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In Pre-K Policy Love is Not Enough

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Lead from the Start: In Pre-K Policy Love is Not Enough

Friday, June 11, 2010

In Pre-K Policy Love is Not Enough

Sometimes love is enough.
There is something to be said for the value of caring for children. When a loving adult can provide the supportive environment that children need it provides a crucial service to society. Loving child care, gives parents piece of mind so that they can provide for their family's financial well being. When it comes to the private care children receive in homes of relatives and neighbors across the country this is enough.

And sometimes love is not enough.
When public funds are used to support the care and learning of pre-k children in states around the country, policy makers are looking for more than love. They are looking for results. Pre-K Now's recent report A Matter of Degrees: Preparing Teachers for the Pre-K Classroom has found some ways to ensure that those results are provided: through bachelors degrees and specialized training in early childhood. The combination of these two steps in ensuring the high quality pre-k experiences children need would go a long way towards providing the insurance policy leaders need to vote to fund public pre-k in their states. Increasing the requirements to become a public pre-k teacher is one way that states could make sure they are providing children with high quality early childhood experiences but, it will come with a price.

Even for a pre-k teacher.
It would be great if every pre-k teacher had a bachelor's degree but, in the current economy, a bachelor's degree is worth a lot more outside of the pre-k classroom than in one. Currently, pre-k teachers in center based settings around the country get paid less than mail carriers and about half as much as Kindergarten teachers. Turn over is high in pre-k settings, nearly four times that of K-12 teachers. The way some state policies are structured now, there is actually a disincentive for young people who love kids to stay in pre-k classrooms after they have earned a bachelors because they can earn so much more in the K-12 system. If a pre-k professional is passionate enough to go to school to become a specialist in early childhood education they need a reason to stay in the classroom once they have that degree and training. Working conditions and compensation are the to most important factors in keeping pre-k teachers with specialized training in front of pre-k children. The way the job market is now, love for kids and teaching is not enough to keep a great pre-k teacher in the classroom. If we really want to show what we value as a nation, that we love children, we would raise the requirements necessary to be a pre-k teacher and raise the level of compensation the position receives.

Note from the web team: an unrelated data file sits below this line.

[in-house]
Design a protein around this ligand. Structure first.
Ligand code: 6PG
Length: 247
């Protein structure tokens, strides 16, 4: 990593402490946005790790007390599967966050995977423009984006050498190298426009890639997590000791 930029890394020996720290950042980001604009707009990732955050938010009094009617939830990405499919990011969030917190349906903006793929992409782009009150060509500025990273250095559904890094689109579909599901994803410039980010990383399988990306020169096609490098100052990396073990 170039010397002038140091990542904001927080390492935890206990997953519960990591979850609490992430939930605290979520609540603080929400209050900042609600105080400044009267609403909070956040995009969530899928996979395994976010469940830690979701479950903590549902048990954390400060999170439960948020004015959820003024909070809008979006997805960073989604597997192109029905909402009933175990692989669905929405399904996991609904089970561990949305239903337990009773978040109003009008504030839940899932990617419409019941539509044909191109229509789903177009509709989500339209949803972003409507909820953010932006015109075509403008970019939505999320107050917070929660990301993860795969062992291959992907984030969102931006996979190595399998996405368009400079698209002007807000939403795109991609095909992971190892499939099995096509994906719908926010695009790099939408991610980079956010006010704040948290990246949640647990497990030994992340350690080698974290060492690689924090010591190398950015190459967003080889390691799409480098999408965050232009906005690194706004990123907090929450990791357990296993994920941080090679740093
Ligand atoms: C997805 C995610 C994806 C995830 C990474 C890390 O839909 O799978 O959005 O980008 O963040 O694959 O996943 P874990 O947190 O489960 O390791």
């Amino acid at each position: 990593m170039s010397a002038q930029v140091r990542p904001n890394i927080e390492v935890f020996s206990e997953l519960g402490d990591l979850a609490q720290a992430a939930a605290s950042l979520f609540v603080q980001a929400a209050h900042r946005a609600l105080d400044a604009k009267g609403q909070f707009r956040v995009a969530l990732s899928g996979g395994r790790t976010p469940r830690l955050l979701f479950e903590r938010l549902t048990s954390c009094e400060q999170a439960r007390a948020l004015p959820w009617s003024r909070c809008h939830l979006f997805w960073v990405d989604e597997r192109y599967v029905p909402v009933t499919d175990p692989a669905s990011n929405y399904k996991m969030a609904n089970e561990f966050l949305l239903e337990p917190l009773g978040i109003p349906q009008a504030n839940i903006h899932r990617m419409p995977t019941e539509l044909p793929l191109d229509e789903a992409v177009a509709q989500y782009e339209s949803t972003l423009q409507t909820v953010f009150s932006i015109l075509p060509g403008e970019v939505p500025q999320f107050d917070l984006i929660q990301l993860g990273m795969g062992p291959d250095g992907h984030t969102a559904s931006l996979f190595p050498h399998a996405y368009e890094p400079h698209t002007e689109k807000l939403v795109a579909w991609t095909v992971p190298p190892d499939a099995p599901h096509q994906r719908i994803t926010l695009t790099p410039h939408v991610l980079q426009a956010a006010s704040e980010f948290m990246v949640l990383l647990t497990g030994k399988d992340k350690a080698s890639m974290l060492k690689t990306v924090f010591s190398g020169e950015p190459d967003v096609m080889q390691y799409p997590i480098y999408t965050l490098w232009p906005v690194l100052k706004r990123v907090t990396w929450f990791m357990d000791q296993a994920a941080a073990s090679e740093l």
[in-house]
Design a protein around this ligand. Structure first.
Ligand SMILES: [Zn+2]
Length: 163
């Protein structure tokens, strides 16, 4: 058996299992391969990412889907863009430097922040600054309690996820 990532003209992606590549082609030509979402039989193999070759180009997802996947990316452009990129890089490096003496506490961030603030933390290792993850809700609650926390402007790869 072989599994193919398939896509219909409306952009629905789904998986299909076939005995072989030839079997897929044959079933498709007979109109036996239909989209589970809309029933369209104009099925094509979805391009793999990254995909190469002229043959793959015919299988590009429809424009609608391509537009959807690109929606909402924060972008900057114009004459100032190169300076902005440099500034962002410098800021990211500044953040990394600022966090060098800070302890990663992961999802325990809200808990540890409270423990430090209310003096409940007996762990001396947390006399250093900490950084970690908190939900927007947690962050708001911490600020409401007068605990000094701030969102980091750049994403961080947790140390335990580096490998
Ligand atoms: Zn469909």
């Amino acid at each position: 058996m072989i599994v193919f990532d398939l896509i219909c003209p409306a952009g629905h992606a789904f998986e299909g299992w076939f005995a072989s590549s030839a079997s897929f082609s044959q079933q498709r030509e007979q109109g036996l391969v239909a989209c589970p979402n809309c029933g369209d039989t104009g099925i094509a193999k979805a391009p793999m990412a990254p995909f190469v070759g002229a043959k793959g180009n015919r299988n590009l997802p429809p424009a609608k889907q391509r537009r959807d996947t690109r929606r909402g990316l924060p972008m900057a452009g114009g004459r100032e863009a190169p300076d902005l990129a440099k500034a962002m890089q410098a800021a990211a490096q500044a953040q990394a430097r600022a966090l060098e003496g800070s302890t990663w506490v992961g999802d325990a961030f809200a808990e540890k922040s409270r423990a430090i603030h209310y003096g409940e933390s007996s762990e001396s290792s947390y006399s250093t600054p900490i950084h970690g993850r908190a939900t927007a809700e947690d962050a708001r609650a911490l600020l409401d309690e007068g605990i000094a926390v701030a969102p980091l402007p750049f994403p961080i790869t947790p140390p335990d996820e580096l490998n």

At 4:33 PM, Blogger Dagny32 said...

I completely agree with this. I am working at a place where we are always low on gloves, wipes, paper towels, etc. We have to hide our supplies from each other because they are so precious when we do have them. When we need to make copies, we need to bring our own paper because the paper cartridges are always empty. And then they expect us to get the paperwork done on time when we can't even make the copies we need (special needs pre-K is all about the paperwork). It is getting very frustrating, and I'm actually thinking of going somewhere else or looking for a different type of work. Why should I put up with the low pay and poor working conditions? I love the kids, but you're right, it's just not enough.


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